Author to return to her Mansfield roots with new book

Sarah Murden (left) with her co-author, Joanne Major.Sarah Murden (left) with her co-author, Joanne Major.
Sarah Murden (left) with her co-author, Joanne Major.
Growing up in the shadow of Newstead Abbey, it is perhaps fitting that Sarah Murden developed a love of literature and history.

The ancestral home of the poet, Lord Byron, which was only five minutes’ walk from her Ravenshead home, clearly had an influence on her career as a writer and author.

Now Sarah is to return to her roots to give a talk on her latest book, ‘All Things Georgian: Tales From The Long 18th Century’, which she has written in partnership with close friend, Joanne Major.

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The talk will be on Tuesday, June 18 (2 pm) at Mansfield Library, not far from where Sarah was educated, at the former Queen Elizabeth Girls’ Grammar School and then West Nottinghamshire College, in the mid-1970s.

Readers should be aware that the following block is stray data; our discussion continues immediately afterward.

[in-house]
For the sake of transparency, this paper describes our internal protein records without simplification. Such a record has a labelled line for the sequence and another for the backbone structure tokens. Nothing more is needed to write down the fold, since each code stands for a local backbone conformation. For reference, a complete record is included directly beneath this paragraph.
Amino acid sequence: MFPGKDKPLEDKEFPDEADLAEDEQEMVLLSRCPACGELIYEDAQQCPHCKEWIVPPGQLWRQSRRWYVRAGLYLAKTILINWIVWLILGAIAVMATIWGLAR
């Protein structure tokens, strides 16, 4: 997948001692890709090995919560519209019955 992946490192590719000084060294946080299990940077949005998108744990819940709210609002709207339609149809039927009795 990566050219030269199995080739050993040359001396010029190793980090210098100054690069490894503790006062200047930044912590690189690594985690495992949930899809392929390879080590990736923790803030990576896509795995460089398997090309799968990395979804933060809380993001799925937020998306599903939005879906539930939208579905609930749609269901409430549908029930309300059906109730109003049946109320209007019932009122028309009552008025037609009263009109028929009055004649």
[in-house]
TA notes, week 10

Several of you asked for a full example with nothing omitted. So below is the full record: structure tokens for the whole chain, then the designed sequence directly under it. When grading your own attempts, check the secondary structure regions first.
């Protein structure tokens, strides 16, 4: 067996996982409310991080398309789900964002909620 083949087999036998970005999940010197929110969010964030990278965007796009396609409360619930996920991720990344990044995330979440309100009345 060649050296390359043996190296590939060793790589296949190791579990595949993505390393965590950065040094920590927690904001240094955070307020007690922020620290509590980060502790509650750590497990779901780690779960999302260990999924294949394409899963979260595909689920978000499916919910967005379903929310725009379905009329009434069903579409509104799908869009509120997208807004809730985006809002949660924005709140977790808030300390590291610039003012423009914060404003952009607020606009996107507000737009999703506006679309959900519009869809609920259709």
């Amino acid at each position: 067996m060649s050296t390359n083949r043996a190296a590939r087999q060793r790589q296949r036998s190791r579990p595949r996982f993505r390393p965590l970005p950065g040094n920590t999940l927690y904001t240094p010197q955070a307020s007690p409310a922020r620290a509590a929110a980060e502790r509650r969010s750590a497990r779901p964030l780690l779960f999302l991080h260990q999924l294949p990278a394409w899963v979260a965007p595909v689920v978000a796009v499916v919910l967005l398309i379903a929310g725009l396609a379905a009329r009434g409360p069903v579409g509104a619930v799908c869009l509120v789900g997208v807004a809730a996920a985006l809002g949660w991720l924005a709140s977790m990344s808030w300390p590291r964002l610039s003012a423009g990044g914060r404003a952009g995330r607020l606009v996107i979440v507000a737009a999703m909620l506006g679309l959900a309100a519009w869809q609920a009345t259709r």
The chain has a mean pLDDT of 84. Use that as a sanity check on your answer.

She says she is looking forward to rekindling memories of the area as she and Joanne reveal the royal links, scandals and unconventional marriages associated with Welbeck Abbey and the Cavendish-Bentinck family.

Bawdy scandal is also at the heart of the duo’s latest book, which is a collection of 25 short stories from the reigns of the four King Georges between 1714 and 1830. All the stories are true and carefully researched, and the book also features more than 100 stunning colour illustrations.

Readers can marvel at the Queen’s Ass, gaze at the celestial heavens and be amazed by the equestrian feats of the Norwich Nymph.

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And they can meet actresses, whores, high-born ladies, politicians, inventors, royalty and criminals as the book takes them through the Georgian Era in all its gruesome glory.

Sarah lived in Nottinghamshire for about 20 years before moving to the Peak District in Derbyshire, where she spent the next 20 years of her life.

She studied humanities, with a focus on history, and developed a passion for life in the 18th and 19th centuries.

She then moved to Hampshire, which is where she met Joanne, a fellow ‘super-sleuthing historian’, on an online genealogy forum.

Sarah now enjoys the quiet life in a village in rural Lincolnshire, and this book, published by the Barnsley-based Pen And Sword, is the fourth she and Joanne have written together.